I attended the 2009 WCTEO in Los Angeles last Thursday and
Friday. It’s always a great conference for professionals in the nonprofit and tax-exempt sector:   impressive and knowledgeable speakers, interesting topics, and a chance to meet
with peers and people you greatly admire.   My only and very minor criticism is that the scope of some of the programs is geared more toward people with little familiarity with the topics than those who are hoping to drill deeper.   As a result, for regular attendees of these EO (exempt organizations) conferences, a couple of the programs felt a little repetitive.

As is customary with EO conferences, the opening programs were presented by the regulators.  It was intriguing to hear Sara Hall Ingram, Commissioner of the Tax Exempt and Government Entities Division of the IRS, discuss her passion for governance.  Despite the vocal objection of many attorneys in field, it looks like the IRS intends to continue to lay down and enforce rules on governance, an area governed by state laws.  IRS reps also discussed the increase in user fees for exemption applications next year and the Cyber Assistant release, which will "guide" the preparation of exemption applications.  

Belinda Johns, Senior Assistant Attorney General of California, provided an update of the AG's charitable trusts section, including cuts affecting the division.  The AG's focus continues to be on diversion of assets, board failure, fundraising abuses, and governance.  One recent action that illustrates this focus is the complaint filed by the AG against L.B. Research & Education Foundation.  Johns also described the AG's new registry search, which indicates when a charity is suspended for being delinquent in its filings with the AG.  Presumably, when a charity is suspended, it is no longer able to engage in charitable solicitations in the state.  A failure to register initiative will be developed when the budget allows.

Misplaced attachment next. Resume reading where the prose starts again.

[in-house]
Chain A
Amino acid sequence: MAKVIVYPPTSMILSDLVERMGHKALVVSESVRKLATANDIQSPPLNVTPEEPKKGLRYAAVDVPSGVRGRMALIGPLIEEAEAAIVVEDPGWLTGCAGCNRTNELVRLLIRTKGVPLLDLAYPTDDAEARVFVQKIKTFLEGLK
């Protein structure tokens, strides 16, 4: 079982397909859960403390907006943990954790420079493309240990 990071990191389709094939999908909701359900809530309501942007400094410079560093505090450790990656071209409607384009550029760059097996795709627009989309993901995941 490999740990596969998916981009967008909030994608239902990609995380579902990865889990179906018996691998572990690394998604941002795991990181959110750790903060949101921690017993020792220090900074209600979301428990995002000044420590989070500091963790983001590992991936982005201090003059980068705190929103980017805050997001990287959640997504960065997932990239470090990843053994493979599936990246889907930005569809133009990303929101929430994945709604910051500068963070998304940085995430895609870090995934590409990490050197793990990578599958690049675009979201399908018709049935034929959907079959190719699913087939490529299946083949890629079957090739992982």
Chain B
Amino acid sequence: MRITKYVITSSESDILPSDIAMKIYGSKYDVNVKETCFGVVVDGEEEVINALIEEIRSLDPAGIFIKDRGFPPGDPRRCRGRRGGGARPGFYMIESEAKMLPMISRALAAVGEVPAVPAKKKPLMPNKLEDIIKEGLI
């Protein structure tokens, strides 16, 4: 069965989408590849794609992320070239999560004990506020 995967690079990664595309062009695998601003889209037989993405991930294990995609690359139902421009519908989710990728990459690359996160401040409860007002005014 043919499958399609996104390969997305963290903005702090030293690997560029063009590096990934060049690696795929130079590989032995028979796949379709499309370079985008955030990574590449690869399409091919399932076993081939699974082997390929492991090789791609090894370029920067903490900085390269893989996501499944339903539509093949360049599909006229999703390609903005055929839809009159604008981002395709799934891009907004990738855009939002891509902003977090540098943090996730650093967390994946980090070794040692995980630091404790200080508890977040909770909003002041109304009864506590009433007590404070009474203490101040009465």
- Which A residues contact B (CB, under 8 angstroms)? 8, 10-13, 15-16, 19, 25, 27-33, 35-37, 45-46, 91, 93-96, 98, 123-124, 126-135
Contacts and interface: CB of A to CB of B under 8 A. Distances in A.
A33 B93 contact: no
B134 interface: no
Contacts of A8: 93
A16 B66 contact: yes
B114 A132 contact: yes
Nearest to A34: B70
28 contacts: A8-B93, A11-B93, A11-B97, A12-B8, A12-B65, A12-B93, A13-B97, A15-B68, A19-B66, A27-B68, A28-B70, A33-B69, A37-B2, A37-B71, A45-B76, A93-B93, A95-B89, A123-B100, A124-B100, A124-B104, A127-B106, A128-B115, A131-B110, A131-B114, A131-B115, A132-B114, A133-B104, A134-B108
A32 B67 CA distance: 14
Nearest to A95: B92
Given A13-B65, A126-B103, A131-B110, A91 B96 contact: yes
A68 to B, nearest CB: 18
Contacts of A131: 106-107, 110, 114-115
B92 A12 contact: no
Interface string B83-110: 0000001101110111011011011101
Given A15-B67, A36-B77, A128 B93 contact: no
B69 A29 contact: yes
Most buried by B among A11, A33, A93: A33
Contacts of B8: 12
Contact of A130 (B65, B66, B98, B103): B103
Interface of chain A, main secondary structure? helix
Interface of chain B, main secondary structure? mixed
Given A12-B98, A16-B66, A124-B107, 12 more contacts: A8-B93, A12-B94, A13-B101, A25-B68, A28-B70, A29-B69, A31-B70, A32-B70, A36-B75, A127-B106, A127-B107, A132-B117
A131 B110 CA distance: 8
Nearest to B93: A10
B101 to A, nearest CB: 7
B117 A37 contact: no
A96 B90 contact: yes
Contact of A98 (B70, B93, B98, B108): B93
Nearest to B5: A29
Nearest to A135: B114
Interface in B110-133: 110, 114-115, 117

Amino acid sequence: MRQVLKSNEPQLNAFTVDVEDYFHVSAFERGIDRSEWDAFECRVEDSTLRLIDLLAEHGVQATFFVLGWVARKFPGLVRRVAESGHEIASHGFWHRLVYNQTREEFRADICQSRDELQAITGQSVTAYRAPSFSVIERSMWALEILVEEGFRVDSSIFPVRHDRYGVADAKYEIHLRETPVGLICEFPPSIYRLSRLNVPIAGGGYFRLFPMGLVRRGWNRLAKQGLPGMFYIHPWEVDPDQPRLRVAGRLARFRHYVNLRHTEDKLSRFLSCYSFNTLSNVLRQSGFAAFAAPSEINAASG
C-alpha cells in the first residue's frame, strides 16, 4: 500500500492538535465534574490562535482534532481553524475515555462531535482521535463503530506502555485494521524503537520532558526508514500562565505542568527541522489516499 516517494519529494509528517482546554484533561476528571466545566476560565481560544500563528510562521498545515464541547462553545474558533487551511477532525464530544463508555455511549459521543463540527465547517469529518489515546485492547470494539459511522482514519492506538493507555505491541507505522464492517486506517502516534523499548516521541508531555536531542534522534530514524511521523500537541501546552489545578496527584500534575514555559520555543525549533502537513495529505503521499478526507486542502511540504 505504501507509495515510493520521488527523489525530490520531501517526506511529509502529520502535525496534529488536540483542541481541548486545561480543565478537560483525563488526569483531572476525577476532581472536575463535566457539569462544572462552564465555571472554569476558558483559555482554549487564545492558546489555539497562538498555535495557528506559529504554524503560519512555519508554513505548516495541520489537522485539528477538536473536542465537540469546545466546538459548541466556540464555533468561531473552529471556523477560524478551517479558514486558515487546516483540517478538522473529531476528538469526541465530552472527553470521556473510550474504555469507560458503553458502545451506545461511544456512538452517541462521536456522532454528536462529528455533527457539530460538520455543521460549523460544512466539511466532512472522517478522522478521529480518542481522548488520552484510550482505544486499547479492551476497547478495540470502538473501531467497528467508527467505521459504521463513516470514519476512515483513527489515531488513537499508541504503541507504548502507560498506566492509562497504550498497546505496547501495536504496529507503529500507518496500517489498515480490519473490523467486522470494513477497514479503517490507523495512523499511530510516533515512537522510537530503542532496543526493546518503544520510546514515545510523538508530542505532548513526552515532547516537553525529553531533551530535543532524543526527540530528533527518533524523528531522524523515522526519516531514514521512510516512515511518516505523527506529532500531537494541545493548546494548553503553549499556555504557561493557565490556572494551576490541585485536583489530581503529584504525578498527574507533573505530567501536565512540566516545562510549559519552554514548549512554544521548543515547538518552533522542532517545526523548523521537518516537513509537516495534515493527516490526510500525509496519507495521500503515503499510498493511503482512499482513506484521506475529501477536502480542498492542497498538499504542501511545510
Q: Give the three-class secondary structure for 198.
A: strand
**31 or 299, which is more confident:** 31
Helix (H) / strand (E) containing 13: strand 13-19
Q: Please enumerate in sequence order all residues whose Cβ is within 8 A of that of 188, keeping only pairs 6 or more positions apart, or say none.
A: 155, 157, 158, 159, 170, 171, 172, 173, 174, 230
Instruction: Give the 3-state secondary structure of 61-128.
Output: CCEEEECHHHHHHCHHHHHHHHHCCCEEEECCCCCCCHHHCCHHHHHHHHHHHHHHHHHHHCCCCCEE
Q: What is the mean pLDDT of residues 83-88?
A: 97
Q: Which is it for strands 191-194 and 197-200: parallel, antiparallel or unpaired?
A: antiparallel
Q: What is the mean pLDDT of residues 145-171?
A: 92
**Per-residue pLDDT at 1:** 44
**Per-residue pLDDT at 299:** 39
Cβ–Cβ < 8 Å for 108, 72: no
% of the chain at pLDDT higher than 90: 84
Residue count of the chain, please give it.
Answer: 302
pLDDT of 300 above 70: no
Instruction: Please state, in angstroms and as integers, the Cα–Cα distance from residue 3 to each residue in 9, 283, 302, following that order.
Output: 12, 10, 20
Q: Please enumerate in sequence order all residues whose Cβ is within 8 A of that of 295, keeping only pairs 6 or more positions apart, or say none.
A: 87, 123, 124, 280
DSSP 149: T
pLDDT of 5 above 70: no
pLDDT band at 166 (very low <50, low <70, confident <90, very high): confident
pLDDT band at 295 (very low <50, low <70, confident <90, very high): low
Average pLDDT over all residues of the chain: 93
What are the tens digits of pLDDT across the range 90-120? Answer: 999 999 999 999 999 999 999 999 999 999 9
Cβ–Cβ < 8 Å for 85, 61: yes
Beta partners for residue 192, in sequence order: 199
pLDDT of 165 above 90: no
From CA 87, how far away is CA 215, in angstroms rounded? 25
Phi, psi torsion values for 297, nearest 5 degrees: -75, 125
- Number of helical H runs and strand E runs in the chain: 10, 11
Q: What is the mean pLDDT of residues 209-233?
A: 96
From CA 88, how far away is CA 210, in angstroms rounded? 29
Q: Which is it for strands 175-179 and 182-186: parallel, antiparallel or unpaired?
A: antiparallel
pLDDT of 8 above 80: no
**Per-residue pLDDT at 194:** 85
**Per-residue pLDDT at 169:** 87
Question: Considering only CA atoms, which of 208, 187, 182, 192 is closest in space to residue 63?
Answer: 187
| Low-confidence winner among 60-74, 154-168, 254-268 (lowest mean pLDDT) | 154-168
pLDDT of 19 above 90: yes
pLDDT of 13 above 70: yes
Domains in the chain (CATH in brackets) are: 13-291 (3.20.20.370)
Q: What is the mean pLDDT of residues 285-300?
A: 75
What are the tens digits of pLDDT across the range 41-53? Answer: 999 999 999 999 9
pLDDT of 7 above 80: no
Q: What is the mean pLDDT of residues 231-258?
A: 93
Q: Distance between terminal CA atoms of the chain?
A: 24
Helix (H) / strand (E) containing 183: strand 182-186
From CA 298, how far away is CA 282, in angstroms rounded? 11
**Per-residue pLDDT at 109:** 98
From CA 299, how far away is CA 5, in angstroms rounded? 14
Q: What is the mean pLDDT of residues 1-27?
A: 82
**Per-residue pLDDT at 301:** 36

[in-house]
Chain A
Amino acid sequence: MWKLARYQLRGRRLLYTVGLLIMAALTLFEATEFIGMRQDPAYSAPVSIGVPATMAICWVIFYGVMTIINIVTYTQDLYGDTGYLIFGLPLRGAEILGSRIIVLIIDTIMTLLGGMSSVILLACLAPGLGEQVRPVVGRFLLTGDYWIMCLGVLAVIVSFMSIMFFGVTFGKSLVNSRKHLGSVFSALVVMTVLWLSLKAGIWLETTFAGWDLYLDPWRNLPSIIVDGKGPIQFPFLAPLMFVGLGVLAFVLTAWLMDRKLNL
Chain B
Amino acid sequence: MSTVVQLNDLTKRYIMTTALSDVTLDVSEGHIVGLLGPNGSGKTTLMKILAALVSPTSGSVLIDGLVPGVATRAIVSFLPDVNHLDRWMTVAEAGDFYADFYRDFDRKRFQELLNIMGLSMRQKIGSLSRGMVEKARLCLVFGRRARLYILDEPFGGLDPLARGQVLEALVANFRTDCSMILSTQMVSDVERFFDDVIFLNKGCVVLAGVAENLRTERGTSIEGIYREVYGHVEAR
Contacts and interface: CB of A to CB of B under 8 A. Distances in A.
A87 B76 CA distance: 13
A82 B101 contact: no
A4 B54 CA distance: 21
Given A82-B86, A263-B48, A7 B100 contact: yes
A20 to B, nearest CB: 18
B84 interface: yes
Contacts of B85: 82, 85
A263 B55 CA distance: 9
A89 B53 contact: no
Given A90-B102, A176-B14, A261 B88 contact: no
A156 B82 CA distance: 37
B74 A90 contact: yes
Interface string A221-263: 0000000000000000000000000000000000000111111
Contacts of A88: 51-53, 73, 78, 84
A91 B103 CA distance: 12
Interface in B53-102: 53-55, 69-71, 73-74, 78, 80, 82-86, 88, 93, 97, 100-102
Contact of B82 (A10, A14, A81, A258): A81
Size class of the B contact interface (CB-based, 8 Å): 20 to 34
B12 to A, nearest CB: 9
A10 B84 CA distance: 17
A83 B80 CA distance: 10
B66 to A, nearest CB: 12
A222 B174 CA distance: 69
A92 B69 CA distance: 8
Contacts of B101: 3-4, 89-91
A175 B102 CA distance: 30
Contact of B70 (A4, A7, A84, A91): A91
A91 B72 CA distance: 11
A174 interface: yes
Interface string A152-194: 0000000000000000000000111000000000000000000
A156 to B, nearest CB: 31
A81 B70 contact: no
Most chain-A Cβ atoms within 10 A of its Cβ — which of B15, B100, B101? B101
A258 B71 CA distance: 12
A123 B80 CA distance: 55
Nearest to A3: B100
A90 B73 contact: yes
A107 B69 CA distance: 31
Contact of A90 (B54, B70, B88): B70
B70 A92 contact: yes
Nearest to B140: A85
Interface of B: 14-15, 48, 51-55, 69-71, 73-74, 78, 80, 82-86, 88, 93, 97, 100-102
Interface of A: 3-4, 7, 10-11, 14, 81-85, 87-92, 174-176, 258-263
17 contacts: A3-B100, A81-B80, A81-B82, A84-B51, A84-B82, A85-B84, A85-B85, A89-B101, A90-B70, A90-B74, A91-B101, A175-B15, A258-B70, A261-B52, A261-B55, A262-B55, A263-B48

Philip Hackney of the IRS and EO attorney David Wheeler Newman discussed supporting organizations and donor-advised funds.  The focus of this program was on the proposed regulations regarding Type III supporting organizations released on September 24.  The comment period ends December 23.  Great session, highlighted by Newman's critical questions about the proposed regulations.  I would have liked to have heard more about donor-advised funds, but this may be a focus next year if proposed regulations come out by such time.

Connie Collingsworth, general counsel for the Bill and Melinda Gates Foundation, spoke during lunch about her enviable position and some of the strategies of the Gates Foundation.  One fascinating project funded by the Foundation:  the development of repellents that inhibit the olfactory senses of mosquitoes to detect humans.

Next was a program on mergers, dissolution, and other forms of restructuring presented by EO attorneys Lisa Runquist and LaVerne Woods. They provide four hypotheticals and
discussed how each might be approached.  Runquist described how a disappearing corporation in a merger might set up a "shell corporation" with minimal activity as part of a contingency plan if the merger doesn't work out.  Woods noted that in a dissolution, a private foundation need not always choose to terminate private foundation status.

Douglas Mancino and Nancy Shelmon discussed legal, accounting and financial issues triggered by the economic downturn.  Mancino cautioned against relying on the diversity provided by fund of funds alternative investments.  The speakers both discussed broken pledges, and the possible duty of boards to seek enforcement.  Reynolds Cafferata's article – Should Pledges Be Enforceable? – is a recommended resource. 

The final program on Thursday, Civil and Criminal Penalties Affecting Exempt Organization, was presented by panelists Michael Blumenfeld and Mark Weiner, both from the IRS, and Charles Rettig.  Failure to file a return and willful failure to collect and pay over employment taxes received particular attention.  The opinion in the American Friends of Yeshivat Ohr Yerushalayim, Inc. case earlier this year was included in the handouts (read also Charity Governance's description of the case here).

Read my post on Day Two of the WCTEO here.